Page:United States Statutes at Large Volume 102 Part 5.djvu/1067

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PUBLIC LAW 100-000—MMMM. DD, 1988

PROCLAMATION 5873—SEPT. 28, 1988

102 STAT. 5073

people of the United States to commemorate this occasion as appropriate throughout our land. IN WITNESS WHEREOF, I have hereunto set my hand this twentyeighth day of September, in the year of our Lord nineteen hundred and eighty-eight, and of the Independence of the United States of America the two hundred and thirteenth. RONALDREAGAN

Proclamation 5873 of September 28, 1988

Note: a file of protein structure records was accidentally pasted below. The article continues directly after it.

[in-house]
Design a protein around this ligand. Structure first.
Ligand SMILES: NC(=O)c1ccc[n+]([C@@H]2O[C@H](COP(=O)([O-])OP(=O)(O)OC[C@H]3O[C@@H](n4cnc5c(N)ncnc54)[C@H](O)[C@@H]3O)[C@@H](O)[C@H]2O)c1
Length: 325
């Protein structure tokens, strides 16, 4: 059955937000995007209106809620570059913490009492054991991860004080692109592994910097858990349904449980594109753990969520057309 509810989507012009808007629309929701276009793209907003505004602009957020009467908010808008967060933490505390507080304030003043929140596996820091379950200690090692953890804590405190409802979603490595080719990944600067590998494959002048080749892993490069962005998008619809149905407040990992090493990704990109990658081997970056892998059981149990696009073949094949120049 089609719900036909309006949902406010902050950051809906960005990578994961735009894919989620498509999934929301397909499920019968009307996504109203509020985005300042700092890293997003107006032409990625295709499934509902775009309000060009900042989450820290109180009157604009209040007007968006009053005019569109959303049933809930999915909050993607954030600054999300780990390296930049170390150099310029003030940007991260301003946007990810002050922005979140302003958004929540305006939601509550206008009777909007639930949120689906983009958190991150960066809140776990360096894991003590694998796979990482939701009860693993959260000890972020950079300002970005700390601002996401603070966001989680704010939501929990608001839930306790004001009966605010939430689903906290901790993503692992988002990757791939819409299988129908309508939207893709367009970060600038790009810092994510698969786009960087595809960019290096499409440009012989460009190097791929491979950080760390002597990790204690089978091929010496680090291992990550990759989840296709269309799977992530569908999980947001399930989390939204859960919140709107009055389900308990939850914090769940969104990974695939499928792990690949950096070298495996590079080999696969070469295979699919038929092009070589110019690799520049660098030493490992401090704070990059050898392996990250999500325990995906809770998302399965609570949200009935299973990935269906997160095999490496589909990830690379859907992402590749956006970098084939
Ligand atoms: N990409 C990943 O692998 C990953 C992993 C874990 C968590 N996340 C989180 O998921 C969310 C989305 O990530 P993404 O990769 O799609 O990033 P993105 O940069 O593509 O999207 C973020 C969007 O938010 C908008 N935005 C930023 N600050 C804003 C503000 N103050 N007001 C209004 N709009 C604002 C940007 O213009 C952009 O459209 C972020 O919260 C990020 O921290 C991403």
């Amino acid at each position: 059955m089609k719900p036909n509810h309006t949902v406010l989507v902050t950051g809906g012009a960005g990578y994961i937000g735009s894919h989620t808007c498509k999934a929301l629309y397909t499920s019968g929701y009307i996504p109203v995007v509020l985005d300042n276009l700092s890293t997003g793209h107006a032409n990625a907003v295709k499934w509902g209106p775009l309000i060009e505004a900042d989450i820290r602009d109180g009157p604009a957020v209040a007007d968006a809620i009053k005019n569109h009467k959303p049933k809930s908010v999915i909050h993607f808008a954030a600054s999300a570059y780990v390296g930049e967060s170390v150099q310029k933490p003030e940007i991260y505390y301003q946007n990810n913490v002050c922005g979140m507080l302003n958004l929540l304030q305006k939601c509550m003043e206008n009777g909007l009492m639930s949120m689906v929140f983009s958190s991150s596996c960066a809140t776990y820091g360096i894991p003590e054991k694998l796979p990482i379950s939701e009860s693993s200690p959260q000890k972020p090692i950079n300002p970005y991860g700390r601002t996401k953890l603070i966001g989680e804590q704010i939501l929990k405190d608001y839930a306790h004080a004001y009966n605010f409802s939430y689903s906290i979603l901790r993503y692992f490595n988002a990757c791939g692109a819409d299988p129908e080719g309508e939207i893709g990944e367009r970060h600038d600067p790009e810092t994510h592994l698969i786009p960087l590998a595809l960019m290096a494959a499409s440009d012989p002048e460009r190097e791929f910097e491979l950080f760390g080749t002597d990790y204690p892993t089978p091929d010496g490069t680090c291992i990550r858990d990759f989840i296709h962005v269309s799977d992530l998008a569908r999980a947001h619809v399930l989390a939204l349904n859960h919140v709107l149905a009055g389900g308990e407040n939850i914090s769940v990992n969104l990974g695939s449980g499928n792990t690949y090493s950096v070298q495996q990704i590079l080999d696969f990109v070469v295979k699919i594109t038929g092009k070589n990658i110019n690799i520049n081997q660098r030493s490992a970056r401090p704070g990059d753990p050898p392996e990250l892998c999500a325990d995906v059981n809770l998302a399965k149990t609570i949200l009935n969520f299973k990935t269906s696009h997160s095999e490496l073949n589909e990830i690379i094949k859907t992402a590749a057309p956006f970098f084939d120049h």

World Food Day, 1988 By the President of the United States of America A Proclamation On World Food Day, the United States joins 150 other nations in reaffirming our determination to end world hunger. We Americans are a generous people, and we are blessed with the liberty and the bountiful natural resources that make prosperity and opportunity possible. Through private and public efforts, we gladly share our abundance in the fight against hunger; we have done so more generously than all other countries combined. This year, we are sending about $1.4 billion in food commodities abroad to help the hungry. Some estimates suggest that one third of the people of the developing nations lack enough food to lead active working lives. That must change. Clearly, more needs to be done. Permanent progress in this regard will not be achieved, however, unless, along with remedial assistance, needy nations receive a transfusion of incentive- and marketbased ideas. The tide of freedom and democracy now sweeping the globe offers the greatest long-term promise for success in the fight against hunger and economic stagnation. Finding a lasting solution to world hunger requires agricultural and trade policies with one irreplaceable ingredient: freedom. Freedom alone can build economic progress, cooperation, and stability for nations at every level of development. We need to move toward a time when government intervention no longer distorts individuals' production and trade decisions. We also need thriving international markets to which all farmers have broad access. That is something for all of us to remember this year especially, when World Food Day focuses on rural youth. These young people often migrate to the cities. We must develop policies that will encourage and enable them to remain in their agricultural and rural communities and improve their families' food productivity and income. Stabilization of developing countries' agricultural base accompanied by structural reforms to increase farmers' earnings are crucial steps in the drive to conquer hunger worldwide. This October 16 marks the eighth successive year in which people everywhere have observed World Food Day. It is a day on which all Americans can resolve once again to wage and win the battle against world hunger.